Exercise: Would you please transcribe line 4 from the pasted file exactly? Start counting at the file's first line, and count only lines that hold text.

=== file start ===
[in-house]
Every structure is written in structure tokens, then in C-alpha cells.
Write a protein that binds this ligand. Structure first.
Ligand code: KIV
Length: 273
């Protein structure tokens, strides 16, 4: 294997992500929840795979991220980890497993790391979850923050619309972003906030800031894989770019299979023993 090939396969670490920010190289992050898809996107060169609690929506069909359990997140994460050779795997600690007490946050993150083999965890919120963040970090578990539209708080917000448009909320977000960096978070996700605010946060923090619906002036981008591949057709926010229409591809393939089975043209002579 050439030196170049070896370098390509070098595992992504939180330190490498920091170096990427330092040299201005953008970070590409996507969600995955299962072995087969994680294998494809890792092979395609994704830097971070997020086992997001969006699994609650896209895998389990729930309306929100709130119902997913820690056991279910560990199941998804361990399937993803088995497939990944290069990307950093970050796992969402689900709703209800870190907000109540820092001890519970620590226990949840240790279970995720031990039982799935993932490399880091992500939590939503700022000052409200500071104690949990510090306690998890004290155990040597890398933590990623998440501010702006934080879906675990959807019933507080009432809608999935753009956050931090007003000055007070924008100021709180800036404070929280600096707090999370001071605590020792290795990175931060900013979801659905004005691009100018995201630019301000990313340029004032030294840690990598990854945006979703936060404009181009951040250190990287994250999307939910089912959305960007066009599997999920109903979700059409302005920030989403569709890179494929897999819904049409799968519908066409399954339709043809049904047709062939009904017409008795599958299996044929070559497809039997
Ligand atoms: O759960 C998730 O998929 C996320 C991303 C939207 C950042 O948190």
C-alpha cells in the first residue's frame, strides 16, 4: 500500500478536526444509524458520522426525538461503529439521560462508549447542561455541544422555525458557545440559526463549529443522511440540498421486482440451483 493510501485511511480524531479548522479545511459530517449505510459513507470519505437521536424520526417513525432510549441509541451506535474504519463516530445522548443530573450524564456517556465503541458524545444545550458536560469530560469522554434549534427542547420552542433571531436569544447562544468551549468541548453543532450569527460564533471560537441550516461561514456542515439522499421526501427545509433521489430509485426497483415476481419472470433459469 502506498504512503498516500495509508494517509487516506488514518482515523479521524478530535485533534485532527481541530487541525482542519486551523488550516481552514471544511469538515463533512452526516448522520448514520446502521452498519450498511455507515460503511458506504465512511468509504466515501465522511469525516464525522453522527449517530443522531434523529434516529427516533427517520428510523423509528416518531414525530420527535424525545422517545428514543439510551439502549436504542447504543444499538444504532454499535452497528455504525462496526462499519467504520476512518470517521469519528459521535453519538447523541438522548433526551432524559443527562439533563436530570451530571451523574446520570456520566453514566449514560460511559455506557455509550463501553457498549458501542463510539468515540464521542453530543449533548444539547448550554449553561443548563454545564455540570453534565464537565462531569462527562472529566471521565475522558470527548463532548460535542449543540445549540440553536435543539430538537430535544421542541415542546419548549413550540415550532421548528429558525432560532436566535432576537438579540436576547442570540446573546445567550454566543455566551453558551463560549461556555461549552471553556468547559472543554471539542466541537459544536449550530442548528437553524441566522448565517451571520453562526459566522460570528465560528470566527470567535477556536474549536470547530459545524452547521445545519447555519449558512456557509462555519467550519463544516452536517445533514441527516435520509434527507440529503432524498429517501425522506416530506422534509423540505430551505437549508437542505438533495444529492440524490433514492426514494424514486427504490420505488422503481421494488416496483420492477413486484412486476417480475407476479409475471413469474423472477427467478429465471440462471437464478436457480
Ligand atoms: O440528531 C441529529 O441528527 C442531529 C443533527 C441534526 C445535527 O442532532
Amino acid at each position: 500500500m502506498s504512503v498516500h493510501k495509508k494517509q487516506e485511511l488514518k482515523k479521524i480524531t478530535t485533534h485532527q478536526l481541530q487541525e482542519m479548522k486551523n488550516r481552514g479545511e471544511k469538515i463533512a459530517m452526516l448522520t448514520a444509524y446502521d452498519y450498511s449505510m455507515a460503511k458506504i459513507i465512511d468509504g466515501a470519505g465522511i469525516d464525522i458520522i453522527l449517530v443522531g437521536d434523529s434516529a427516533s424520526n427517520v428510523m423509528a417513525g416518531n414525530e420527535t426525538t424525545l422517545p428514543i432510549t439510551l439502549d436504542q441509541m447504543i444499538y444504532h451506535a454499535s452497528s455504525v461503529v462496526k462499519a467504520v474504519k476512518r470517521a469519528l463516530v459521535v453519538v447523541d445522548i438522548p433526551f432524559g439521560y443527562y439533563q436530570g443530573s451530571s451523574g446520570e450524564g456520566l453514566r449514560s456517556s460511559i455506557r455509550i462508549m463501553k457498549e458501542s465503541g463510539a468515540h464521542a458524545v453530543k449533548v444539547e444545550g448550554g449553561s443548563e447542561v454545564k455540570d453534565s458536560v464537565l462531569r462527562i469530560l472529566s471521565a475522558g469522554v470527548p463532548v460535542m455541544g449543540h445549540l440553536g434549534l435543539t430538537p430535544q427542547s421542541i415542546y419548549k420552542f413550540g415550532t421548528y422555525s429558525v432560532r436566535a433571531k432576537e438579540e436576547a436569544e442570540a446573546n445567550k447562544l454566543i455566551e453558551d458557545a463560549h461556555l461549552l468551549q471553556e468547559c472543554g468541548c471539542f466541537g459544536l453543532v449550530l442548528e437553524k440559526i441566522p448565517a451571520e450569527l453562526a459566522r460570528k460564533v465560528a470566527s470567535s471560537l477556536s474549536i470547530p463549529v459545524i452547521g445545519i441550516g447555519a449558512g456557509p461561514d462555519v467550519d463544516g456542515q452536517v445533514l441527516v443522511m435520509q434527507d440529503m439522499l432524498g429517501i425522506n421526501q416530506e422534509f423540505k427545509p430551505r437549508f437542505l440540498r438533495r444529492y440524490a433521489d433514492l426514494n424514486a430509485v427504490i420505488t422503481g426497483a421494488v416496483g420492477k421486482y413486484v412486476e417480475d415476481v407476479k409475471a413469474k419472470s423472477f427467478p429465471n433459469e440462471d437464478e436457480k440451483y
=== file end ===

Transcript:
Ligand code: KIV